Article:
Taking the Broad View

18 07 2010

Claire Denis, Isabelle Huppert, White Material

'White Material'

 Why are there so few female film directors? That’s a question that’s long been chewed over by critics, academics and the viewing public alike. Does the film industry, consciously or otherwise, marginalise female talent? Is it hopelessly macho and sexist? Or is the very act of film-making – arranging people, lights and cameras, ordering and categorising the world – one that speaks to male needs and neuroses much more deeply than it does to those of most women?

Beats me. But in a way, a more interesting question is: what kind of films do female directors make when they get the chance to do so? And are the stories that they choose to tell qualitatively different from those of their male contemporaries?

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Notable Films of the Noughties

18 12 2009

Walking the walk. 'Elephant'

And so here, with all of the usual caveats, and in no particular order, is a list of films that have moved, excited and inspired me over the last ten years.

The Great

Elephant (Gus Van Sant, 2003)

A long, lazy stroll around the scene of a gathering storm, Elephant uncovers both the very particular, private world of the American teenager and the kind of wider social malaise that finds an outlet in the occasional high school massacre. It’s an angry film in some ways, but also by turns calm, dreamlike, and level-headed, and filled with unforgettable moments (that scene with the bulimic girls: need I say more?).

Syndromes and a Century / Sang sattawat (Apichatpong Weerasethakul, 2006)

I’ve said it elsewhere on this ‘blog recently, but to my mind Apichatpong Weerasethakul (or ‘Joe’ to his friends) is one of the few contemporary film-makers who’s genuinely interested in finding new and exciting possibilities in cinema. This 2006 film tells mirrored stories of love in a rural and an urban Thai hospital, and is my favourite of his. Like all of Apichatpong’s work, the film is split into two halves, with scenes that unfold with a gentle, unforced naturalism, and much to think about once you’ve left the cinema. If you let it (and you should) Syndromes… will hypnotise you. In a good way, of course…

Hidden / Caché (Michael Haneke, 2005)

A thriller of sorts from everyone’s favourite Bad Santa Michael Haneke. Here the subject matter is class and colonial guilt, and the director’s gaze has never been harsher. Juliette Binoche is intense and French, Daniel Auteuil is conflicted, and the film itself is a veritable puzzle box for the unpicking. Also contains possibly the most shocking cut (so to speak) in Noughties cinema. Ouch!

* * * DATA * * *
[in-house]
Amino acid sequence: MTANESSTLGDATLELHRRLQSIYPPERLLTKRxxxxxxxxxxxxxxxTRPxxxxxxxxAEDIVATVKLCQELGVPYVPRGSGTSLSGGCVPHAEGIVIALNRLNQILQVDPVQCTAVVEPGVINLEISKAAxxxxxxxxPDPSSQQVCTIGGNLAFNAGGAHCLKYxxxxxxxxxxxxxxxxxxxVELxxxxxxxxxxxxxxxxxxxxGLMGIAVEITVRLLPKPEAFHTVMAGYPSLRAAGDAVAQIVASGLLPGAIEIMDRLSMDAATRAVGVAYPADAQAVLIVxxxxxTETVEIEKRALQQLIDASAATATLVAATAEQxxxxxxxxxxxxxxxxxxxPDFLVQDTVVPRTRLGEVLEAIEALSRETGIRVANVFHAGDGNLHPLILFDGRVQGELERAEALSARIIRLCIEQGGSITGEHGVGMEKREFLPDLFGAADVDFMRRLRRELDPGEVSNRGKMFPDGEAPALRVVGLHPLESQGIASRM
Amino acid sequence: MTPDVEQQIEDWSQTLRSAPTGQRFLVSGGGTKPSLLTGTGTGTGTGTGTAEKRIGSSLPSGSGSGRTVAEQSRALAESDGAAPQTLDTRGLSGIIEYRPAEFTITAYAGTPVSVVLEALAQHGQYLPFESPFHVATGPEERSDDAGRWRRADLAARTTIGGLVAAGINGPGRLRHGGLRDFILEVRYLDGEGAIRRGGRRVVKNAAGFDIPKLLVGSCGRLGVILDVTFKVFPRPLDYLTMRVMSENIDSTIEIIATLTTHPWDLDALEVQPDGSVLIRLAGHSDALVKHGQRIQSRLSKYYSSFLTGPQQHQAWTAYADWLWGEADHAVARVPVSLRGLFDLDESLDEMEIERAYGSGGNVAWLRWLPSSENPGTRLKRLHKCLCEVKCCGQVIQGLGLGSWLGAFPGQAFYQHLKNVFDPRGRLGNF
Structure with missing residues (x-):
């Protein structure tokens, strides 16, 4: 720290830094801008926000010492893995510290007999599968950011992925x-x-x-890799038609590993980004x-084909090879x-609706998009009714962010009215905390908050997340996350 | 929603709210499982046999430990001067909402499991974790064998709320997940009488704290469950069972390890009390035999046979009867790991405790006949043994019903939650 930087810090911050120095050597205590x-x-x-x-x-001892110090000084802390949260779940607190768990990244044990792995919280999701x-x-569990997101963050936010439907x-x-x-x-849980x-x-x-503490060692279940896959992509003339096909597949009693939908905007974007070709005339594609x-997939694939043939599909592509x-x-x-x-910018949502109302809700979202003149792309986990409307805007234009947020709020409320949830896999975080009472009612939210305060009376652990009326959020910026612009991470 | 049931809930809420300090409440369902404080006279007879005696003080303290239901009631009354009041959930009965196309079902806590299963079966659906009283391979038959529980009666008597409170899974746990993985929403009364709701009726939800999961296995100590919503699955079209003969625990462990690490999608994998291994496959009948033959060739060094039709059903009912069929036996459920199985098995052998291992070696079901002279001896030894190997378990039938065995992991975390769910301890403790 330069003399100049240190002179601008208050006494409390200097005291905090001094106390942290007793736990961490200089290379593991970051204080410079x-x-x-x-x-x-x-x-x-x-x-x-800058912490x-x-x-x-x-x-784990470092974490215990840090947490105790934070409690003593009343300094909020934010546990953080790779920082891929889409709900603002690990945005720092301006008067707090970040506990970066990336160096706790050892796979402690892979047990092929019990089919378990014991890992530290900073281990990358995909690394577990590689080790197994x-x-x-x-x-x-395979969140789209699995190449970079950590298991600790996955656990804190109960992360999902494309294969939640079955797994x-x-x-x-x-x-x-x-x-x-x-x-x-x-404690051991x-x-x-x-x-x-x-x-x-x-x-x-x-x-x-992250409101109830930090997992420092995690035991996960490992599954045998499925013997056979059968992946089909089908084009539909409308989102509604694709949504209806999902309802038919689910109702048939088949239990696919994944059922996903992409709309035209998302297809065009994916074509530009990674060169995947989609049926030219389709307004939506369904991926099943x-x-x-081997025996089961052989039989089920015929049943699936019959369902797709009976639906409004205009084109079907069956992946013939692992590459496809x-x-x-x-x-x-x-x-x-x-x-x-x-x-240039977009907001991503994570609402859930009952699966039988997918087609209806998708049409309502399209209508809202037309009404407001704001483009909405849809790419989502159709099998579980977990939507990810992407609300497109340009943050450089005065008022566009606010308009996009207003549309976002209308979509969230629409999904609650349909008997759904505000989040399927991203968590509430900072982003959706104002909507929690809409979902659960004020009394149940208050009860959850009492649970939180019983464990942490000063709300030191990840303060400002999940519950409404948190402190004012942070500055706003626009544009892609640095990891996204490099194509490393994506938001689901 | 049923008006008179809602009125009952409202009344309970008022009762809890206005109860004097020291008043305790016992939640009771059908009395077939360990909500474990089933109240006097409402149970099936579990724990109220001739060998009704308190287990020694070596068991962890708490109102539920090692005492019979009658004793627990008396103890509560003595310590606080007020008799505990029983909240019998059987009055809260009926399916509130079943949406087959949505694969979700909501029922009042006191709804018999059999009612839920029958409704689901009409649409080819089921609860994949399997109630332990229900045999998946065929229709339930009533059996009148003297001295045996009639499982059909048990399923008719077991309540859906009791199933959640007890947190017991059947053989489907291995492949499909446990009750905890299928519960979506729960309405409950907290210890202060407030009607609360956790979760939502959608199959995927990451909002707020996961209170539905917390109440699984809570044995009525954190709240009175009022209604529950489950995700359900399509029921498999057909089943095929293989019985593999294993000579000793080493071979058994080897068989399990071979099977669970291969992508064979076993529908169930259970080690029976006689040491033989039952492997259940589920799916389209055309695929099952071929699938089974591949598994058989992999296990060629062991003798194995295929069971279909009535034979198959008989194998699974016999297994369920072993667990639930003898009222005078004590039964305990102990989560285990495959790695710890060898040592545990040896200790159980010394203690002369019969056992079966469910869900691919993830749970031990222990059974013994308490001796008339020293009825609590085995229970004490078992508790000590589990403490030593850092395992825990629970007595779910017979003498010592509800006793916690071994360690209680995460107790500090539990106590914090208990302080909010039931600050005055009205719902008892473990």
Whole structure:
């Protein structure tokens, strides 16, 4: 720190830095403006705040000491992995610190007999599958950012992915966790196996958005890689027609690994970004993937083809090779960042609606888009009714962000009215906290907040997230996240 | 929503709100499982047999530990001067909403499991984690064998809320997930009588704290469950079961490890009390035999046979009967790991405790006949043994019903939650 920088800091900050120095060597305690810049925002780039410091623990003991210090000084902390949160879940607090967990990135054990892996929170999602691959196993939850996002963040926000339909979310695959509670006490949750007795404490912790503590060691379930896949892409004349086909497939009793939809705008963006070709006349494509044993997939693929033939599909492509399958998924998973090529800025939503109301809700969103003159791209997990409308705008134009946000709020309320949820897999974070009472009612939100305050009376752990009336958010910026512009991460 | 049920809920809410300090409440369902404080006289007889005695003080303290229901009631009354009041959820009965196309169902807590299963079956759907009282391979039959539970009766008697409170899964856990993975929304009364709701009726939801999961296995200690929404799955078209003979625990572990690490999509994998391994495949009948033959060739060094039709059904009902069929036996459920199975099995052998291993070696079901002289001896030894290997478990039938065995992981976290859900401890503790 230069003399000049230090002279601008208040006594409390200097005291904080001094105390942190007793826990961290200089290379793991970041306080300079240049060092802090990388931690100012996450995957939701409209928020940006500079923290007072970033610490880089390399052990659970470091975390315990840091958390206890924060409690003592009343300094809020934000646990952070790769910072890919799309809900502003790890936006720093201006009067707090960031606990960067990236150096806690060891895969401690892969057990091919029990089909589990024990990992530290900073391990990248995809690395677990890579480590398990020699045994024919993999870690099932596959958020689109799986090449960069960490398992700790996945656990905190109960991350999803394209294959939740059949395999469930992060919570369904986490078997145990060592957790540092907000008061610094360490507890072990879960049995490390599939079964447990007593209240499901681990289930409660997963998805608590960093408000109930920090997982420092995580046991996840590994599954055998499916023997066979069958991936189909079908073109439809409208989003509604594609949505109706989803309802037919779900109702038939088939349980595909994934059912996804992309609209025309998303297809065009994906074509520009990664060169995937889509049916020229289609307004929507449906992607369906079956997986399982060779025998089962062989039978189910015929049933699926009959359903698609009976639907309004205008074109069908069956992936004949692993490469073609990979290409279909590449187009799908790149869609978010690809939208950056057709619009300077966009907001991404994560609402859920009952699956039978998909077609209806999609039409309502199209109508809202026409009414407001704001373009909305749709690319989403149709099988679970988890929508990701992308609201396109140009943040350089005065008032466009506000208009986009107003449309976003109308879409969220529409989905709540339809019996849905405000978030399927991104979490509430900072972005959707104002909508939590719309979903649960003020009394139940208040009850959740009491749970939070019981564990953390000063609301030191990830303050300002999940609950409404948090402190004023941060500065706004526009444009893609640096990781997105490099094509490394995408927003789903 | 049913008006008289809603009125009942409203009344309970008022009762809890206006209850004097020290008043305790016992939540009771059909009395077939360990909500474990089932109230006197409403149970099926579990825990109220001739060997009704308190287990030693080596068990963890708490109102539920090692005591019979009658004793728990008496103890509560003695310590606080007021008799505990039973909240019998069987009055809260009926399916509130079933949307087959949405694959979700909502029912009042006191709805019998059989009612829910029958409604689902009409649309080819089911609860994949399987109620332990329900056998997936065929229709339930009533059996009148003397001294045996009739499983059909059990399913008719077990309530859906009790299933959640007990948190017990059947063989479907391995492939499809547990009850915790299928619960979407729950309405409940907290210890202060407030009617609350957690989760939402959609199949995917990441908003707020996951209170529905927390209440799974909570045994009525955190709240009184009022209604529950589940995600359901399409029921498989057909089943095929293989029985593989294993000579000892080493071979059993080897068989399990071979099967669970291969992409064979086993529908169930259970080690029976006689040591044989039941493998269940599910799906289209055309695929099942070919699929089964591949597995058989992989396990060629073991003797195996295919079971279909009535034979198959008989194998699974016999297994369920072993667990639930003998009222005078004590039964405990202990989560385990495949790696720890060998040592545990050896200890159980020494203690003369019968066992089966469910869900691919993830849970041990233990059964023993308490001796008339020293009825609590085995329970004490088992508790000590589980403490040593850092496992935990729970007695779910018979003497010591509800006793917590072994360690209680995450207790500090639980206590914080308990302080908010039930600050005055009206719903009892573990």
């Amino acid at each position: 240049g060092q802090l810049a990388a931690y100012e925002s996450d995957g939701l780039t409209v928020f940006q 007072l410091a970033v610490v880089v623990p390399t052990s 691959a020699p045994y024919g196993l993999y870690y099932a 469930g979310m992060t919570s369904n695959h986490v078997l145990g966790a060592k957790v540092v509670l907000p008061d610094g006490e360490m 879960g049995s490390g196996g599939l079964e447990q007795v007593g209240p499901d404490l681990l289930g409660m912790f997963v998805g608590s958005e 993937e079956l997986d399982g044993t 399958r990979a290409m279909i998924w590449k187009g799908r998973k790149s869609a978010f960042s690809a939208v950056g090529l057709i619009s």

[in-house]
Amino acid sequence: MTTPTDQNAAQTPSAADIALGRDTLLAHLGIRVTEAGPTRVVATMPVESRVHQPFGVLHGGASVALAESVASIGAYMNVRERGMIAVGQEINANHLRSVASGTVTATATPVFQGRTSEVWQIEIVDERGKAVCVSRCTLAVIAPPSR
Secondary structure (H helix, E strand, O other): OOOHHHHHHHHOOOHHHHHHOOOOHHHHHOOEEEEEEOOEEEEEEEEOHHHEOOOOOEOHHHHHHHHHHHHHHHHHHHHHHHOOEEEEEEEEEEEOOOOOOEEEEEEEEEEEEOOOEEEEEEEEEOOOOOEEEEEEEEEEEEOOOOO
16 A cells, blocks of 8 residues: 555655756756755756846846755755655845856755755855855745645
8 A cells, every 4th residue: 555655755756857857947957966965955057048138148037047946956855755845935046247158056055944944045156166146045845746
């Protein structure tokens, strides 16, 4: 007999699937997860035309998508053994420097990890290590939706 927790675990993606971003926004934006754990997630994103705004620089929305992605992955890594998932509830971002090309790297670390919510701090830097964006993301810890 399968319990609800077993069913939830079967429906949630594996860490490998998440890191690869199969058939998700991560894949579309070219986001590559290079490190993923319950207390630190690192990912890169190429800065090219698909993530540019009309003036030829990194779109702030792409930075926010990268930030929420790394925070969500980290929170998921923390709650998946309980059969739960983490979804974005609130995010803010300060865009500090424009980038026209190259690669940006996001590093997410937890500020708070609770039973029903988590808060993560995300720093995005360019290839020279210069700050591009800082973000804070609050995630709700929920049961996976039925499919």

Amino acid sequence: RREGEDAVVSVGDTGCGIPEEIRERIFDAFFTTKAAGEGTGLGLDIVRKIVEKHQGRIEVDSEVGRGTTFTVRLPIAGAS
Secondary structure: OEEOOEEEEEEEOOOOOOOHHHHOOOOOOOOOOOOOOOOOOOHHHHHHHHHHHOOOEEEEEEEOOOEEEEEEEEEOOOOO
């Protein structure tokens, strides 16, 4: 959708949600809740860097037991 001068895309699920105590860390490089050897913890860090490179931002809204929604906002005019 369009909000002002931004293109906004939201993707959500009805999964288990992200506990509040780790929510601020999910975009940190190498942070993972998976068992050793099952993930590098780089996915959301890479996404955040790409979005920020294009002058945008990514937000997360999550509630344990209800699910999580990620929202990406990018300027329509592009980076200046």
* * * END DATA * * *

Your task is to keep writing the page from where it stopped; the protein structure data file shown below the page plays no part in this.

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Difficult, Difficult, Lemon Difficult: British Film Today

15 10 2009


Alan Parker famously once said that he would leave the UK if Peter Greenaway were allowed to make another film. This was back in the Eighties, when threatening to leave the country was something of a pastime for the rich and famous, but it did reflect a frustration that Parker and others had about the direction in which the British film industry was going.

We make too many artsy films, they argued, the kind of films that confuse the man in the street and do little to promote the growth of the domestic industry. Instead we should be focusing on lively and entertaining cinema, films that pull in the crowds and tell a good story well.

Since then the British film industry has too often operated with these extremes in mind, unable to commit to one or the other. For much of the Nineties and Noughties we saw, on the one hand, self-consciously populist films that proved to be far from popular at the box office and, on the other, serious films that didn’t quite have the balls to take any serious risks artistically. Despite occasional successes (The Talented Mr. Ripley, My Summer of Love, Trainspotting, Ratcatcher) the overall mood was one of gloom, compromise and squalor.

Imagine my surprise then, when coming back to the UK in August after almost a year away, to find the country in the midst of a mini cinematic boom and myself with a whole lot of catching up to do. Ingmar Bergman in his later years reportedly watched every metre of new Swedish film that was released, and I found myself trying to do the same with DVDs, tracking down as many of the key works of this new British renaissance as I could find.

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Leave It to the Non-Professionals

10 09 2009


Katie Jarvis in 'Fish Tank'

Katie Jarvis in 'Fish Tank'

There’s a story that when Luchino Visconti was filming La Terra Trema, his 1948 neo-realist study of the lives of Sicilian fishermen, he tied fishing wire to the toes of his actors. This wasn’t, as you might imagine, anything to do with keeping them inside a boat or preventing them from wandering off. No, the wires were there so that the director and his crew could pull on them to give a prompt whenever it was time for an actor to speak.

You see, the actors in La Terra Trema were all non-professionals, real-life fishermen who Visconti had selected for their hard-worn looks and thick Sicilian dialect. The fishermen certainly looked the part, but often had difficulty remembering lines or knowing when it was their turn to speak. Visconti was finding out the hard way that working with non-professionals is not always as straightforward as it might seem.  

Since then, hiring non-professional actors has become the trademark of directors searching for a certain kind of authenticity in their work, almost to the point of cliché. Everyone from Gus Van Sant to Shane Meadows is at it, the former casting his 2007 film Paranoid Park through an advert on My Space.  

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